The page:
The Monthly talks to Artist and Maker, Kirsty Mcguinness – Part 1

What are your earliest memories being drawn to the arts?

When I was a teenager at High School, in Scotland, I was obsessed with drama. We didn’t have a drama department at my Primary School so when I was offered the chance to join a drama class at High School I really went for it. When I decide I am interested in something I really do commit to it, I started reading plays, learning the craft, I ended up getting involved in the Scottish Youth Theatre.

Scottish Youth Theatre

Why drama and theatre?

It just appealed to me and I think when you get involved slightly in one area of the arts you tend to look into other areas. I started going to galleries and learning more about painting and writing. Coming from a working class background, it was all brand new to me because we never really had an opportunity to do things like the arts where I came from. So a new world was opened up for me.

Were you supported at home?

Not really. I wasn’t encouraged but I wasn’t discouraged either. My family wasn’t really interested in the arts and this wasn’t an area that they knew very well, although my Dad was interested in music and he especially loved folk music so I grew up listening to that kind of music. I just forged ahead regardless.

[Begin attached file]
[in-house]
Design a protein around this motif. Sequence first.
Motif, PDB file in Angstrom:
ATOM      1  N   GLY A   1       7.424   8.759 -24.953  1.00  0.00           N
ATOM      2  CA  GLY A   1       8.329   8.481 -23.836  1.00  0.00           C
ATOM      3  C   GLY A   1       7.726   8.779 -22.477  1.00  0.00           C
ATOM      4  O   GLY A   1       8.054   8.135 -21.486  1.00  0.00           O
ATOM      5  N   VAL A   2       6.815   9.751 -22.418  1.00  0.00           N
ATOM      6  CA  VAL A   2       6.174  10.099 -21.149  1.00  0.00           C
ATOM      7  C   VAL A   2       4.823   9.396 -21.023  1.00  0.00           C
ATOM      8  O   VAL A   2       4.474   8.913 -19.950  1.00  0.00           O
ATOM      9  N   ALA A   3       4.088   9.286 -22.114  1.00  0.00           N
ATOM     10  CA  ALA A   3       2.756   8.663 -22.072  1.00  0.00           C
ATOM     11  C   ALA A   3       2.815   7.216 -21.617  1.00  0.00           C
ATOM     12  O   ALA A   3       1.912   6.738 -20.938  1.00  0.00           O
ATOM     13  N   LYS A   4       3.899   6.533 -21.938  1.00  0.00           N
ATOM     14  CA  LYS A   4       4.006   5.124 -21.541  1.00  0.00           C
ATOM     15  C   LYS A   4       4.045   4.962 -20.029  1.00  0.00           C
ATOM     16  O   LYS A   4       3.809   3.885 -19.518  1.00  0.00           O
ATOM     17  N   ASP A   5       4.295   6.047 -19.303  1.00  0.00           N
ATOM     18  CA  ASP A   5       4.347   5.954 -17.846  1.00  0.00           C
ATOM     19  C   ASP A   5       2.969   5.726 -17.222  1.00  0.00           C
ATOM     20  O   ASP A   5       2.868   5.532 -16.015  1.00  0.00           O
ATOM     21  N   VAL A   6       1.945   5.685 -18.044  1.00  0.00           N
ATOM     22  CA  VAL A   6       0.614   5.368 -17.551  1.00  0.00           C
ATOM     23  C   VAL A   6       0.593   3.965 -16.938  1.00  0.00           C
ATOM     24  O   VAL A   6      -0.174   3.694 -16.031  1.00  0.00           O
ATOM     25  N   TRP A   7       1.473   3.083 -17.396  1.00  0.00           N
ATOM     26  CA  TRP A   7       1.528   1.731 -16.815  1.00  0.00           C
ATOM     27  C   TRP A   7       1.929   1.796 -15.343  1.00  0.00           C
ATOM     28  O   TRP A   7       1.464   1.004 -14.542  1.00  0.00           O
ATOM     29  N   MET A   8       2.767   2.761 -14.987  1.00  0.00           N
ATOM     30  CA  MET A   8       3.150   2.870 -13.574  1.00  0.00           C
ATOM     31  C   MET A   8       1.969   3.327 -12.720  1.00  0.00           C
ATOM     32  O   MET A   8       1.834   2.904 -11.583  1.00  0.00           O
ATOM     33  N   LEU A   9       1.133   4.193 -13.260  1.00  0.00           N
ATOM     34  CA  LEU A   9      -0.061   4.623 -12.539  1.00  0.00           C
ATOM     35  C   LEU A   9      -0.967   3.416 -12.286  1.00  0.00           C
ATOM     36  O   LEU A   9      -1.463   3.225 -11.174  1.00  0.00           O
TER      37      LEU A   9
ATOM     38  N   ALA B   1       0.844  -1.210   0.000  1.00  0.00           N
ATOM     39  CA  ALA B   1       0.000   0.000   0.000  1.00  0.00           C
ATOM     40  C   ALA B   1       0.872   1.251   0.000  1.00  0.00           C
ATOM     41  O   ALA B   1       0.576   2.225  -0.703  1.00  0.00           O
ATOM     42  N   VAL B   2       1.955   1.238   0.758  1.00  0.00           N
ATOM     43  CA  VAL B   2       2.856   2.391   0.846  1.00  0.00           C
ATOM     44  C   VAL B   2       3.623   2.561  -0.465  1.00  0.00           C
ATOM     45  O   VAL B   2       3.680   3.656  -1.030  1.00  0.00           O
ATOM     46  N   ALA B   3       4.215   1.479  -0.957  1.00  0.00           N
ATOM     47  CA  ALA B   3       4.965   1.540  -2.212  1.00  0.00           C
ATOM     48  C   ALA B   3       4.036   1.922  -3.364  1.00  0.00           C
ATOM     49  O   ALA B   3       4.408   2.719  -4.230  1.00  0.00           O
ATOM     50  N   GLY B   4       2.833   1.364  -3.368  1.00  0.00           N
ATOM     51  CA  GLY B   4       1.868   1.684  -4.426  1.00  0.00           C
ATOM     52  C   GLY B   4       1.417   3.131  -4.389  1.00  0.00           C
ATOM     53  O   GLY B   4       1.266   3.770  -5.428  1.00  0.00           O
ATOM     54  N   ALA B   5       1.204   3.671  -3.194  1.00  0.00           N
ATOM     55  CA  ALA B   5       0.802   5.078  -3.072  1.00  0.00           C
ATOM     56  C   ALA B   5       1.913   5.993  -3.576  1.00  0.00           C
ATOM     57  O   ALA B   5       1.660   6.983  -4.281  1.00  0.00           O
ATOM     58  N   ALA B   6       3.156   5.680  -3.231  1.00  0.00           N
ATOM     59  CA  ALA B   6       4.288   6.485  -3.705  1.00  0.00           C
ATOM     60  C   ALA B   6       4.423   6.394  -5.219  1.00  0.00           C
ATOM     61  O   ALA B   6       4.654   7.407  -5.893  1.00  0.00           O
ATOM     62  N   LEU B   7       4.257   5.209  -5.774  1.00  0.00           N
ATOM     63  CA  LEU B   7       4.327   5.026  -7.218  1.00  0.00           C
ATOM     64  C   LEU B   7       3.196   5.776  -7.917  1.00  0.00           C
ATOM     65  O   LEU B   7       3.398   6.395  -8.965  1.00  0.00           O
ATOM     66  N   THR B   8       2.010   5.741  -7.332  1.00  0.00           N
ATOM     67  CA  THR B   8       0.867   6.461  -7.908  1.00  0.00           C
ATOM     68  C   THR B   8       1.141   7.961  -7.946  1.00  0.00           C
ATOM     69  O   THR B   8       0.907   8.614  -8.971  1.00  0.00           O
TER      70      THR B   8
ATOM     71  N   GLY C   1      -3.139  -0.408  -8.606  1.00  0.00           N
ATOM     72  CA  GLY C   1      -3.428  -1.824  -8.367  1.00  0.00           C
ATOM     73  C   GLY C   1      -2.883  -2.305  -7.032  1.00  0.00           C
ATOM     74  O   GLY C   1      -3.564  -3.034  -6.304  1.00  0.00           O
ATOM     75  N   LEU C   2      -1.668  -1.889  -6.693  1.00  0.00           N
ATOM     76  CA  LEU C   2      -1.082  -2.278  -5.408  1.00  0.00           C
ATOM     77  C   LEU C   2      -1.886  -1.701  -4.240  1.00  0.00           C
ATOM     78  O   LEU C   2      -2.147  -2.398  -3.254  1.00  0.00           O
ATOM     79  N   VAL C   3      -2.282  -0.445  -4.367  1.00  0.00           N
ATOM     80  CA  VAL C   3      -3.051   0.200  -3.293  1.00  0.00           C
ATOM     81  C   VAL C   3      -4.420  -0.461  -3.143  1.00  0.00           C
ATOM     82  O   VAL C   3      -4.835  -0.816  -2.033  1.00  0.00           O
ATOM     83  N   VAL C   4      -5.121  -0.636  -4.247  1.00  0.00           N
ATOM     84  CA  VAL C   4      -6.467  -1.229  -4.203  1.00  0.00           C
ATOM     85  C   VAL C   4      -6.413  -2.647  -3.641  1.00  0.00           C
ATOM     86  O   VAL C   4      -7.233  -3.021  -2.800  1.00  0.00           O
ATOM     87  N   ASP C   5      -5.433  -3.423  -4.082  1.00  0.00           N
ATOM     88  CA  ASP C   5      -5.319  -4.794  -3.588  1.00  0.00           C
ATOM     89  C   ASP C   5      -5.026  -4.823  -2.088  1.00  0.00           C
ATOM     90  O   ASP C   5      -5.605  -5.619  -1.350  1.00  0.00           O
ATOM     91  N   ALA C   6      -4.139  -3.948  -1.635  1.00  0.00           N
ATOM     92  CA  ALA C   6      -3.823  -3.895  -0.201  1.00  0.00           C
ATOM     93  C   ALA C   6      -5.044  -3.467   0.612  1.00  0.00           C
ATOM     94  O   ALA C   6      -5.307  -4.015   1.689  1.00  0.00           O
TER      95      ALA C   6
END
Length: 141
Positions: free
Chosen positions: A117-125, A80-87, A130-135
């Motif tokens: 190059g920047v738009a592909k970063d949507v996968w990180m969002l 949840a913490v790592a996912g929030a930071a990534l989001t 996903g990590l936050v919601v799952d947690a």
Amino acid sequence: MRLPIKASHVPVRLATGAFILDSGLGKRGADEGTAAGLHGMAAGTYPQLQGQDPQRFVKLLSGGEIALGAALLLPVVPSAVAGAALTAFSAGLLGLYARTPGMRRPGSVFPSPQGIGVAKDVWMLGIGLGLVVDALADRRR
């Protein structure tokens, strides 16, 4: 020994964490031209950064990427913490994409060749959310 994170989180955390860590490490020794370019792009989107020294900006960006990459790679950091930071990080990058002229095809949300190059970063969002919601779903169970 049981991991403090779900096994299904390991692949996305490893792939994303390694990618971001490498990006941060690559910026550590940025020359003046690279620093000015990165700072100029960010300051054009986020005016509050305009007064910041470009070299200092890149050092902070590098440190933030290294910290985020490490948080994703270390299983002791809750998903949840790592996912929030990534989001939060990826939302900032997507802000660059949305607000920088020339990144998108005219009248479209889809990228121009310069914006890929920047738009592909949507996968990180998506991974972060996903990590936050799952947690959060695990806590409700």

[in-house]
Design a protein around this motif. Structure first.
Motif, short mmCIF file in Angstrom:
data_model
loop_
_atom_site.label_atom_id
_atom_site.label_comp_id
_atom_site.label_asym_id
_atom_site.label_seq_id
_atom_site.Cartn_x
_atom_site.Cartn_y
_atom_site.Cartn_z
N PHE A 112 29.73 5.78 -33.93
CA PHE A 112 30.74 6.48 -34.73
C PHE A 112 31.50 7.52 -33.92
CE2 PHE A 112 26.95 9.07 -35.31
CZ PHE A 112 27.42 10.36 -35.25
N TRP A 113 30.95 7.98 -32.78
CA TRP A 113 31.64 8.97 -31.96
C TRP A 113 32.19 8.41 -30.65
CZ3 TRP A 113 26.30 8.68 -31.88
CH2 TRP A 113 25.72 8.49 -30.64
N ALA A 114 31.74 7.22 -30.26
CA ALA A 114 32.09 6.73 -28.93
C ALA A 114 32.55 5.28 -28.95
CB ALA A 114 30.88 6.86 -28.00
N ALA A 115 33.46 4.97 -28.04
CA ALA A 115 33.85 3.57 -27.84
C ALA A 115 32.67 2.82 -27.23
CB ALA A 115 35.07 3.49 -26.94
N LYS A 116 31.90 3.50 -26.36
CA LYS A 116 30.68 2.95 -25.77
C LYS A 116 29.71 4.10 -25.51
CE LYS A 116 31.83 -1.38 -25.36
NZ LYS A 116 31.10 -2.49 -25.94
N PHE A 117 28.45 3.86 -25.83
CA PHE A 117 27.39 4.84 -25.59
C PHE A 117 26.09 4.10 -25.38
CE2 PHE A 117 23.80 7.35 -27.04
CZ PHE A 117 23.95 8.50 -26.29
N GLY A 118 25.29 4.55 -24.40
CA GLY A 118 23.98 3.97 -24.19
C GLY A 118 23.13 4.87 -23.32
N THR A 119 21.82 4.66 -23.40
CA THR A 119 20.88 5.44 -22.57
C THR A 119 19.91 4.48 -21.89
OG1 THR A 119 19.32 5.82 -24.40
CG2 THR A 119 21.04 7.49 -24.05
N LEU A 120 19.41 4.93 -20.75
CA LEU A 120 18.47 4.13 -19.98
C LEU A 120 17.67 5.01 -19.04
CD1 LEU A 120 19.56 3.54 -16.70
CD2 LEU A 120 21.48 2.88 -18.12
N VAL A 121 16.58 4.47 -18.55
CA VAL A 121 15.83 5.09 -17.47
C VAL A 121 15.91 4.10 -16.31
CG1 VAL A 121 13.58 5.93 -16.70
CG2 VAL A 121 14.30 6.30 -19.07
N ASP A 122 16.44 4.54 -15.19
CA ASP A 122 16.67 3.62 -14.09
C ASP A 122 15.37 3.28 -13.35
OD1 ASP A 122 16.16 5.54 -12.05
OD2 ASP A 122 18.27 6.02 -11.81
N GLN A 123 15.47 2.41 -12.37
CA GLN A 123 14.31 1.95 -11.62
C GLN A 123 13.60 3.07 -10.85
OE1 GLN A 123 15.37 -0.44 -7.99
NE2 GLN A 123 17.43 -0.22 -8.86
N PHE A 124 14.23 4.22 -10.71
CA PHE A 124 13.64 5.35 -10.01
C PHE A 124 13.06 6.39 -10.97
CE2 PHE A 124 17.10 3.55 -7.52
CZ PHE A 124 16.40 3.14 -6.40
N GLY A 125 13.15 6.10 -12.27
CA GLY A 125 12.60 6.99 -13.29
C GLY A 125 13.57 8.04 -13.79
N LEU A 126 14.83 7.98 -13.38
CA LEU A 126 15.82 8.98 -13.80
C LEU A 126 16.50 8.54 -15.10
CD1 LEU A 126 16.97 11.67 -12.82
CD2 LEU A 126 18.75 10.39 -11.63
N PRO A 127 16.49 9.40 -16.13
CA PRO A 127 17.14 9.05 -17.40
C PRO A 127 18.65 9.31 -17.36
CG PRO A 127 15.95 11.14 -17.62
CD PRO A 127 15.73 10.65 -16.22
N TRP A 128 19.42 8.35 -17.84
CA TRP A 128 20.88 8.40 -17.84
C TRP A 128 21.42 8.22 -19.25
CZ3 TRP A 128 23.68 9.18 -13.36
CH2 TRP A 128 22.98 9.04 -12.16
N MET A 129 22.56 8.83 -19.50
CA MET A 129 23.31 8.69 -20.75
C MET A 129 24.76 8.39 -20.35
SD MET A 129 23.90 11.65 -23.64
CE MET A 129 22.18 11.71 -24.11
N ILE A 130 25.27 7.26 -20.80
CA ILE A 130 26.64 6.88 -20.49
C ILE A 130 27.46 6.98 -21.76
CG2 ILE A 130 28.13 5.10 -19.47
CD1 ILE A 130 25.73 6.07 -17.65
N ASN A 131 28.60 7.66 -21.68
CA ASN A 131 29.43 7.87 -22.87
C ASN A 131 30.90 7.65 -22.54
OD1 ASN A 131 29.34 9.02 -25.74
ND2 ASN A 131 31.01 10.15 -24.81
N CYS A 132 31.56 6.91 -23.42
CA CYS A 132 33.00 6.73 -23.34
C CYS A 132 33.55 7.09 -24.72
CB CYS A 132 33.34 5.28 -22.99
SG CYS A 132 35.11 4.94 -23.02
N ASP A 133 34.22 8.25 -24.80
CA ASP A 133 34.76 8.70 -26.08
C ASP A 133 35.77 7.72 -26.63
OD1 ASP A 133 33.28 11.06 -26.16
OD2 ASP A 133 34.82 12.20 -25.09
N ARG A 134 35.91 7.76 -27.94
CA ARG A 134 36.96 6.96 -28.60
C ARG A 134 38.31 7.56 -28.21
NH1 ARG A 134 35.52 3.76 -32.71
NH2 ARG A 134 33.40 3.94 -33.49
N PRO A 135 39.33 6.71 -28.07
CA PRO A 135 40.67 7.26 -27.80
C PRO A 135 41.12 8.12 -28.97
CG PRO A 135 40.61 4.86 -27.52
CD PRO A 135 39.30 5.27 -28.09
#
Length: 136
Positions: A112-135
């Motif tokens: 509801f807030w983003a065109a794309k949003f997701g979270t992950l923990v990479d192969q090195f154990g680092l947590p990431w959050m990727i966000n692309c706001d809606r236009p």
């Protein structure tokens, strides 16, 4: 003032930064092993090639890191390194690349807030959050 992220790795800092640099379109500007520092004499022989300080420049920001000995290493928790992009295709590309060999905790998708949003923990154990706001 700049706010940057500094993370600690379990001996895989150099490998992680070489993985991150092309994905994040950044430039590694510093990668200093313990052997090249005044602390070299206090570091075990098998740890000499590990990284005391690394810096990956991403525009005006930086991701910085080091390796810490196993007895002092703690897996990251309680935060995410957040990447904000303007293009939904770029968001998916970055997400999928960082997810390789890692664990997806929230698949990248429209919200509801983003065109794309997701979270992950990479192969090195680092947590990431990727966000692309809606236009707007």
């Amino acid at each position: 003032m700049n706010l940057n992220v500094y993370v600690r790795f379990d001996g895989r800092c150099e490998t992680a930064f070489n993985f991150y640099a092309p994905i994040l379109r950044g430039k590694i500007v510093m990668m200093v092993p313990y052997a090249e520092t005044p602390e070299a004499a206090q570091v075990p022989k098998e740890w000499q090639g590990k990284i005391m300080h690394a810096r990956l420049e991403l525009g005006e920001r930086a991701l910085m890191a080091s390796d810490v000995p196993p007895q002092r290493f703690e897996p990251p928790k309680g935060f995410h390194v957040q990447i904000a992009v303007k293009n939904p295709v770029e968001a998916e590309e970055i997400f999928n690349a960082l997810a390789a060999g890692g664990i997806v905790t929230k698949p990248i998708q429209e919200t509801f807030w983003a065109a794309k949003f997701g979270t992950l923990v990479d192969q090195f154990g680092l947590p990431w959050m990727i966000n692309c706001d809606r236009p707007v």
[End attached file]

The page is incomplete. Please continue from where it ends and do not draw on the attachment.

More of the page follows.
I did do some great plays with the Scottish Youth Theatre and I was in the show Taggart once. And I did see a murder on the set of Taggart. I appeared in other shows as well because if you were part of the Scottish Youth Theatre we would do background work in television shows. That was great and we actually got paid for that as well. I eventually went to drama school, but I didn’t last too long, about 6 months. It just wasn’t for me in the end.


Was there anything else other than drama that interested you?

I was always a singer. This stories about having to sing a song at parties or events like New Year in Scotland were very true, and so I had songs that I would sing at parties. I loved music and I got that from my Dad.

What happens then?

I went on to do film and television, working behind the camera rather than in front of the camera and I think that suited me much better than being in front of the camera.

Part two of this interview is here

See more information about Kirsty Mcguinness’ work here:

artist forms link
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